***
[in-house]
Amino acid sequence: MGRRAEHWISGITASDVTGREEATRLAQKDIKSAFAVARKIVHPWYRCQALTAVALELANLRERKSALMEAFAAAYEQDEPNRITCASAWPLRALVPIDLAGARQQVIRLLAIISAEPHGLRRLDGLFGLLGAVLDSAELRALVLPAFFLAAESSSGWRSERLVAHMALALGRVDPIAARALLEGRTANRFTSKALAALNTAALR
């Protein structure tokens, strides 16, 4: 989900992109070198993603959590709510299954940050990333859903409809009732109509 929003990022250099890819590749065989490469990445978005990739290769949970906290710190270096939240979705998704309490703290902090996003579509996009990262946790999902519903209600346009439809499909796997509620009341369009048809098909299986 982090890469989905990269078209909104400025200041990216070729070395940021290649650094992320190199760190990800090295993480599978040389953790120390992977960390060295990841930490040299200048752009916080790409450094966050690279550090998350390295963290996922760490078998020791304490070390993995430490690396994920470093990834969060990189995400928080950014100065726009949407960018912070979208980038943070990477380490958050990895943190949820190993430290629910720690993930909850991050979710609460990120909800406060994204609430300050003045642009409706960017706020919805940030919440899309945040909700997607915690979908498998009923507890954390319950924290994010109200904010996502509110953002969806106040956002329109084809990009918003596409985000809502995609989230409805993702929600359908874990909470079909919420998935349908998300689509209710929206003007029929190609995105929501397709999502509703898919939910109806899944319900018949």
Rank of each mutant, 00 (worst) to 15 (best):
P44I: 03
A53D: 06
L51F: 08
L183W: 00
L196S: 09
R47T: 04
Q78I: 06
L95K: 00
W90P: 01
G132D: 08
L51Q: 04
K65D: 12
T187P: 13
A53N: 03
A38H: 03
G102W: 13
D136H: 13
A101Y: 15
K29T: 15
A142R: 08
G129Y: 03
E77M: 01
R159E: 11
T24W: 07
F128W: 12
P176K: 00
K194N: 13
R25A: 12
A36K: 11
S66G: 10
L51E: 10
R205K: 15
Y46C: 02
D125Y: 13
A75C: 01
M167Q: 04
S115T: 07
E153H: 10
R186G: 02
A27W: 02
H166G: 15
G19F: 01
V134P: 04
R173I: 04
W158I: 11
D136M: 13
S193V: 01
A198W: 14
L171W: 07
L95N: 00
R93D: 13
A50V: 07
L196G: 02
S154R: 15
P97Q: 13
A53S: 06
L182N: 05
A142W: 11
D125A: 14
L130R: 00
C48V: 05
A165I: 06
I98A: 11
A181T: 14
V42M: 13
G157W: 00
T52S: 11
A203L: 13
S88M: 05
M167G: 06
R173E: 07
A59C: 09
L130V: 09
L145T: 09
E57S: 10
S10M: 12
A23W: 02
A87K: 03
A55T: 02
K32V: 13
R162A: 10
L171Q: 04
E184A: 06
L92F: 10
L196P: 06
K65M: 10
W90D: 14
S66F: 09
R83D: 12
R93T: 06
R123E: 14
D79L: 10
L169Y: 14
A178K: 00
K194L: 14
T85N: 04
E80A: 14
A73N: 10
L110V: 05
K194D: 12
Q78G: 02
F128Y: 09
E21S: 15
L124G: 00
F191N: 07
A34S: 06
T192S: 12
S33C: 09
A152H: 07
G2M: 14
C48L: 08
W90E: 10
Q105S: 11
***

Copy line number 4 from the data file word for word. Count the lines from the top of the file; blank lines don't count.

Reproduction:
Rank of each mutant, 00 (worst) to 15 (best):